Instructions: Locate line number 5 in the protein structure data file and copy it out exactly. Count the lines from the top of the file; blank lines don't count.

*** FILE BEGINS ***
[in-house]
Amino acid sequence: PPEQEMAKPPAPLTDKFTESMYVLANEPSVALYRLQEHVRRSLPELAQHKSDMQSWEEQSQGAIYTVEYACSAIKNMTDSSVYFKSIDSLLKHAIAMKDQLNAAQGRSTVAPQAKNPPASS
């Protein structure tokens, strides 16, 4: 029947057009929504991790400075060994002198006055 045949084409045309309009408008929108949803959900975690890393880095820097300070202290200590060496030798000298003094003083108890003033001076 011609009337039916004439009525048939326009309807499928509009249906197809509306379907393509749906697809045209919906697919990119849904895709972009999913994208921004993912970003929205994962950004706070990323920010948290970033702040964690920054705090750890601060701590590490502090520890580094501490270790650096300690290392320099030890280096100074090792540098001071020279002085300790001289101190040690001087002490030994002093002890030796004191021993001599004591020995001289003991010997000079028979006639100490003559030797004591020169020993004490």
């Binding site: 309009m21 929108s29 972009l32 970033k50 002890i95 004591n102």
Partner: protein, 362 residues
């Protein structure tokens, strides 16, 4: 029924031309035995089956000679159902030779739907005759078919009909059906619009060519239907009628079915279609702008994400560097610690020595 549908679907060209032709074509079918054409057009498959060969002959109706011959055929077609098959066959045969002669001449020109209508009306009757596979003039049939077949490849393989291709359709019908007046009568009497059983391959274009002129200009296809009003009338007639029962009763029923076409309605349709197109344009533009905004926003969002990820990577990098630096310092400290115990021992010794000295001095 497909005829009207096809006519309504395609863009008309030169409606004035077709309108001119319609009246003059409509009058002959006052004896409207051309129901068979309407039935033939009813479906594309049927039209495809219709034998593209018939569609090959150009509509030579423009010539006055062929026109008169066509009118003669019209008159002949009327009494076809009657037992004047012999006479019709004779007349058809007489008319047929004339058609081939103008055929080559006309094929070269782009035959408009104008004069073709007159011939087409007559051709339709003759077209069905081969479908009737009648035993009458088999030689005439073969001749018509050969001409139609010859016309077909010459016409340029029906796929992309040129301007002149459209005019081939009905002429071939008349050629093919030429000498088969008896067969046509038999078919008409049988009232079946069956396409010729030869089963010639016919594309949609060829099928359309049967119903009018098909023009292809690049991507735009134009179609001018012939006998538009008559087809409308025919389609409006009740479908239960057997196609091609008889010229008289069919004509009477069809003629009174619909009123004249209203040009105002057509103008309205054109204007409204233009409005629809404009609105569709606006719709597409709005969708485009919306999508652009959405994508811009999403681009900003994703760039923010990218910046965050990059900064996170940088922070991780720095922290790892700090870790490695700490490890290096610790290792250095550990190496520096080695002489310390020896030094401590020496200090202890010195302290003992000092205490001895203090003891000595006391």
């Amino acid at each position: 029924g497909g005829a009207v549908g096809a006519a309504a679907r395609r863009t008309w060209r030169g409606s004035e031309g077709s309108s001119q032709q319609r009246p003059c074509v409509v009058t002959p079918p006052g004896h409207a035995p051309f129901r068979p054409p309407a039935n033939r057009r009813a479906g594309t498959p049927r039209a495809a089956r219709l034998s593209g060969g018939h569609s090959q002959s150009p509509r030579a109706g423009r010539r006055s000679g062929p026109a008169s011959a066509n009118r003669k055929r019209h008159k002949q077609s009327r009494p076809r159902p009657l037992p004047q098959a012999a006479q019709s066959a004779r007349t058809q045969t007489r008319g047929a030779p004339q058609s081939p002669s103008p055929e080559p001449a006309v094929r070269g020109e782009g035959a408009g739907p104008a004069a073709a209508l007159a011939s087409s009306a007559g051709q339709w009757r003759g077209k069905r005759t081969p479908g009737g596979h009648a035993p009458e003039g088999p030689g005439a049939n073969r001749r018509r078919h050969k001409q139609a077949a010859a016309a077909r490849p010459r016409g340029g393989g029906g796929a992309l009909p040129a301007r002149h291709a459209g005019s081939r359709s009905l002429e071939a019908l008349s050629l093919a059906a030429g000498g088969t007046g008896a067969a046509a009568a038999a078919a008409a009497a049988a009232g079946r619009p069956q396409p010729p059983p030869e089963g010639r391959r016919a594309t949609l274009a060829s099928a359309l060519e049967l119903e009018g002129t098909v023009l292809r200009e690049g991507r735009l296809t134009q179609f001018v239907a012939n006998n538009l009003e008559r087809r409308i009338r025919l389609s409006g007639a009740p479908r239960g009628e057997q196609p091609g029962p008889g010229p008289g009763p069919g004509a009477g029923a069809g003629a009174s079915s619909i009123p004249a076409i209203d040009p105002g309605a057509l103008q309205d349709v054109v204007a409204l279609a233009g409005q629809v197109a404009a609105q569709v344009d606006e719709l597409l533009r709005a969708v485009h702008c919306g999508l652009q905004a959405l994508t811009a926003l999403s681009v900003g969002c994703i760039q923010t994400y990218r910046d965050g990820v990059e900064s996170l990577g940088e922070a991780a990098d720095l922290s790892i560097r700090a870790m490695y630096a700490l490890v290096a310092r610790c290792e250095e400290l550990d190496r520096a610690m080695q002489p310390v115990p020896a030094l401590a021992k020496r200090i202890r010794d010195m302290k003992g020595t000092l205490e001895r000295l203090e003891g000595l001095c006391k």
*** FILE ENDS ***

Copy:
Partner: protein, 362 residues